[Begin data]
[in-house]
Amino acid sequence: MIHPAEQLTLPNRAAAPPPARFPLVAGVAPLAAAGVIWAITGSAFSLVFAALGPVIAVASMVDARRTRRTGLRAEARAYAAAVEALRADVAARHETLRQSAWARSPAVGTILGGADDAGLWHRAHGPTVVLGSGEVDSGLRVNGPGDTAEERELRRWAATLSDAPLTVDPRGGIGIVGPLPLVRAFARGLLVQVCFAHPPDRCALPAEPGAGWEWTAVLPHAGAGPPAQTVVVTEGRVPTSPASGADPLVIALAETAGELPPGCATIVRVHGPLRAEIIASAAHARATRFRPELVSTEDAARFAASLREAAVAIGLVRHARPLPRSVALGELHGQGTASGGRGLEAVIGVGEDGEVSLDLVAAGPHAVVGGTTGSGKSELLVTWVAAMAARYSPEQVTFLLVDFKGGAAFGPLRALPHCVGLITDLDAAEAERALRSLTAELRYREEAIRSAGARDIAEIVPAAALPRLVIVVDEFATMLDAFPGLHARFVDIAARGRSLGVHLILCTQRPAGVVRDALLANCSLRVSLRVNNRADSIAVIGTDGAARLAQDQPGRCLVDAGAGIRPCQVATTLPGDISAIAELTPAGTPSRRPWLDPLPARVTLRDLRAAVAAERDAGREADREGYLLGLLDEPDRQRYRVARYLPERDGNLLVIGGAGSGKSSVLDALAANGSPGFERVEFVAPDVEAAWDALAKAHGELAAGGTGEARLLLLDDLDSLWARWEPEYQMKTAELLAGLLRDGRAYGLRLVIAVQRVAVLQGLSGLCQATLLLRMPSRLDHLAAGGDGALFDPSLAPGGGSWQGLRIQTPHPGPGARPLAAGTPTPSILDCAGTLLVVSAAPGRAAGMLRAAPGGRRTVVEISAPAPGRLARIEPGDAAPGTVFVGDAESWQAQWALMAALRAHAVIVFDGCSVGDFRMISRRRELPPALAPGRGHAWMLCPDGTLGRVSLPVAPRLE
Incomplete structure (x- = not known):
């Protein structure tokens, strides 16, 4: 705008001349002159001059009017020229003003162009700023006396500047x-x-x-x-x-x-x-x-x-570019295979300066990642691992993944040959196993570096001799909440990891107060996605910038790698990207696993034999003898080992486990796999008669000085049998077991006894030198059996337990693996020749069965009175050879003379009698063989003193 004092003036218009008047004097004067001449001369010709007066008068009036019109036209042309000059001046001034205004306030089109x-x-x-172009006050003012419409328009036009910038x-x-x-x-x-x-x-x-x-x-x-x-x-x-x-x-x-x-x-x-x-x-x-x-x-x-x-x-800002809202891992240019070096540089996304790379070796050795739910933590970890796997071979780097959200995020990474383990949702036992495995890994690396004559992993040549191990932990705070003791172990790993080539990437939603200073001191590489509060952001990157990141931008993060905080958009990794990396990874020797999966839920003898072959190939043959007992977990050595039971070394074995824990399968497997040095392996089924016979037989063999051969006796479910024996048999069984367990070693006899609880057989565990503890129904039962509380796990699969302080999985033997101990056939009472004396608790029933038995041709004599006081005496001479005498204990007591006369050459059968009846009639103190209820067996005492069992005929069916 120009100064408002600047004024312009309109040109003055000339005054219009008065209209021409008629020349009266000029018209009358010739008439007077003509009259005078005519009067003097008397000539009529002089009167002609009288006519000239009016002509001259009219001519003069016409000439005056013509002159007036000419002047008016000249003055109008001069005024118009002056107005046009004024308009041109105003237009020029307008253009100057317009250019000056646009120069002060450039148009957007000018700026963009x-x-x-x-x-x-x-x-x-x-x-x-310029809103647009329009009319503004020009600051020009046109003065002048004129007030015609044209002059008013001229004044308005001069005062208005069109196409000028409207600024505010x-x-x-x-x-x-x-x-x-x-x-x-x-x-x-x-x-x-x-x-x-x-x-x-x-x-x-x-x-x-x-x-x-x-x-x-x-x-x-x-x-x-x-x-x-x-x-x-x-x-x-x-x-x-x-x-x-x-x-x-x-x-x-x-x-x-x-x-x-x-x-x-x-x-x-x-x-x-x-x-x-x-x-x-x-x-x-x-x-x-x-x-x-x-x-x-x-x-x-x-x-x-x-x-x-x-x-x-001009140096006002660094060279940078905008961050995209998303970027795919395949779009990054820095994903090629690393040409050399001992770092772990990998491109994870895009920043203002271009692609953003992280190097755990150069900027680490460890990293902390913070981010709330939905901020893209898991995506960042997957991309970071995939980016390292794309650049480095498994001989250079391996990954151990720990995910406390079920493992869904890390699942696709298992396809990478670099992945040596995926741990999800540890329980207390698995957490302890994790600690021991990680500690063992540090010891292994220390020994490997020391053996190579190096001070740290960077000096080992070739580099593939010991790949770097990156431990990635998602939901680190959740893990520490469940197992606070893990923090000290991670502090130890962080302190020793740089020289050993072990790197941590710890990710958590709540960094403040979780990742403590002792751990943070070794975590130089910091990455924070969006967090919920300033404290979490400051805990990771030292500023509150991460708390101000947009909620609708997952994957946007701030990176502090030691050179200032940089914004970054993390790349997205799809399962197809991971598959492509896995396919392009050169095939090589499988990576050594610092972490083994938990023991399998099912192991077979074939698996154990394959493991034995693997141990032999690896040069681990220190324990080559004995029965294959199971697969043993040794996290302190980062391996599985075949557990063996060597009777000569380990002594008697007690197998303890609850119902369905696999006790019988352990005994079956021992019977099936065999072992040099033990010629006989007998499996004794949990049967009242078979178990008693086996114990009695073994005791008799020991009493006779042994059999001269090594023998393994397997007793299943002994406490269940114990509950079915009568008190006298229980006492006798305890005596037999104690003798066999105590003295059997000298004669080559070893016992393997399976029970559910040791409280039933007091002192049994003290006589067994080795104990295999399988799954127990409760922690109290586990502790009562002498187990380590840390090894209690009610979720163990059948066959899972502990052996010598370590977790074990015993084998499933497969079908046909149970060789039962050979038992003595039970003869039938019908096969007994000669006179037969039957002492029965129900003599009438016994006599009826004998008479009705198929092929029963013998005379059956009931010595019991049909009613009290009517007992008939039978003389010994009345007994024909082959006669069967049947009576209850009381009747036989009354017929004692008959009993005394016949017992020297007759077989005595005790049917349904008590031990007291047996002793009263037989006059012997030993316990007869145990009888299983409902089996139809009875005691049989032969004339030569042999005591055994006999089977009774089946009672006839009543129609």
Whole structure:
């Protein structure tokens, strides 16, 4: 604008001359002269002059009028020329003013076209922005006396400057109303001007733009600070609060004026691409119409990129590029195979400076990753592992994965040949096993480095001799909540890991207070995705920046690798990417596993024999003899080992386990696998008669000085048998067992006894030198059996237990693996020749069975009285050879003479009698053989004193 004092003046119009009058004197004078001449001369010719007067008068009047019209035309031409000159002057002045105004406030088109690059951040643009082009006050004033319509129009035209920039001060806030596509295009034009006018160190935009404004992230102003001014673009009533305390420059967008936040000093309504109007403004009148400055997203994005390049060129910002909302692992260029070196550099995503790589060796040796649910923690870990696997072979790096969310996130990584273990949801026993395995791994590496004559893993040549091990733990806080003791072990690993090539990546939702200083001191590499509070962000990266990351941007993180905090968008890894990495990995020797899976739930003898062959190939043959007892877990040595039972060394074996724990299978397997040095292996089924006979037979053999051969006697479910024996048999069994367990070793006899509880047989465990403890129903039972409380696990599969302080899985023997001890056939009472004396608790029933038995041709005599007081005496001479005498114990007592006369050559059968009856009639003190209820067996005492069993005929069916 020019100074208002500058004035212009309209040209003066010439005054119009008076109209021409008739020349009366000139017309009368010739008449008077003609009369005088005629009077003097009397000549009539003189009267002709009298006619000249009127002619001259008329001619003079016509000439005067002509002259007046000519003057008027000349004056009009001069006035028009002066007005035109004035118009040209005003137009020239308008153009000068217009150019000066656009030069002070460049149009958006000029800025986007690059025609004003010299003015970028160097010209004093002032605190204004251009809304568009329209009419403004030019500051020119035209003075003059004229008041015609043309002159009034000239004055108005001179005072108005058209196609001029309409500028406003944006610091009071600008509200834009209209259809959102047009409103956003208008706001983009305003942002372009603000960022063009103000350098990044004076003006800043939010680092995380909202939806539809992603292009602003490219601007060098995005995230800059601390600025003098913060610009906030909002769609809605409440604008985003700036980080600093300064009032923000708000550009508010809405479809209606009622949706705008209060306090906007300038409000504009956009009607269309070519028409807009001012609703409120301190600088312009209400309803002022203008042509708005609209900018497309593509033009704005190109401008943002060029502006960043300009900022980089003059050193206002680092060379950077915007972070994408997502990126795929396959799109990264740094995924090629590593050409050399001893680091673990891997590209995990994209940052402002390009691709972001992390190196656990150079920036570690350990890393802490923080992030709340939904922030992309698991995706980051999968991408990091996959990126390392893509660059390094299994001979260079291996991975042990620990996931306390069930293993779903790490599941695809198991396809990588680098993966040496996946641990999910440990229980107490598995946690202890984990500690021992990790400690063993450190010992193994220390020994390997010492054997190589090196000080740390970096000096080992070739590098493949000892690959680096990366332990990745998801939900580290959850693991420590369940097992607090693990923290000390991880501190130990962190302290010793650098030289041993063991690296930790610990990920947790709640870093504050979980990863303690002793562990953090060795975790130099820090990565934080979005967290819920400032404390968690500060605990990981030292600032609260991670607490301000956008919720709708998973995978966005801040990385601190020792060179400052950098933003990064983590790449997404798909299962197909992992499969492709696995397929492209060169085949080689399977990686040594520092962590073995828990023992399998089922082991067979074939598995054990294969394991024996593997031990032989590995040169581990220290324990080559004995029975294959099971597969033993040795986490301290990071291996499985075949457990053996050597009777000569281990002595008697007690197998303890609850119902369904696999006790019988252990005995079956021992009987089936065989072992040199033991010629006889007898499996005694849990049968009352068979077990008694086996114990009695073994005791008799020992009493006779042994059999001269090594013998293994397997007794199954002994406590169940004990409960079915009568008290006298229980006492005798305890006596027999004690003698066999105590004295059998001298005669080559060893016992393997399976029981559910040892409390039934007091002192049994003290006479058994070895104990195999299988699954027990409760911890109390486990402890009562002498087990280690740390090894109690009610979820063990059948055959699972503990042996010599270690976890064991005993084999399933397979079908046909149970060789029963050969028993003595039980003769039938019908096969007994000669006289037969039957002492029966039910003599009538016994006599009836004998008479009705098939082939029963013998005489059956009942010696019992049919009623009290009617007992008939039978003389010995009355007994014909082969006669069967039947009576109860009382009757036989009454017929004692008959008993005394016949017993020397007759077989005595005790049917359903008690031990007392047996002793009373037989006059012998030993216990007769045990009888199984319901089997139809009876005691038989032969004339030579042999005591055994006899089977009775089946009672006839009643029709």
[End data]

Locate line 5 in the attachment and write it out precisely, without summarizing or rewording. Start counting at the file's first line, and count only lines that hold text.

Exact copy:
Whole structure: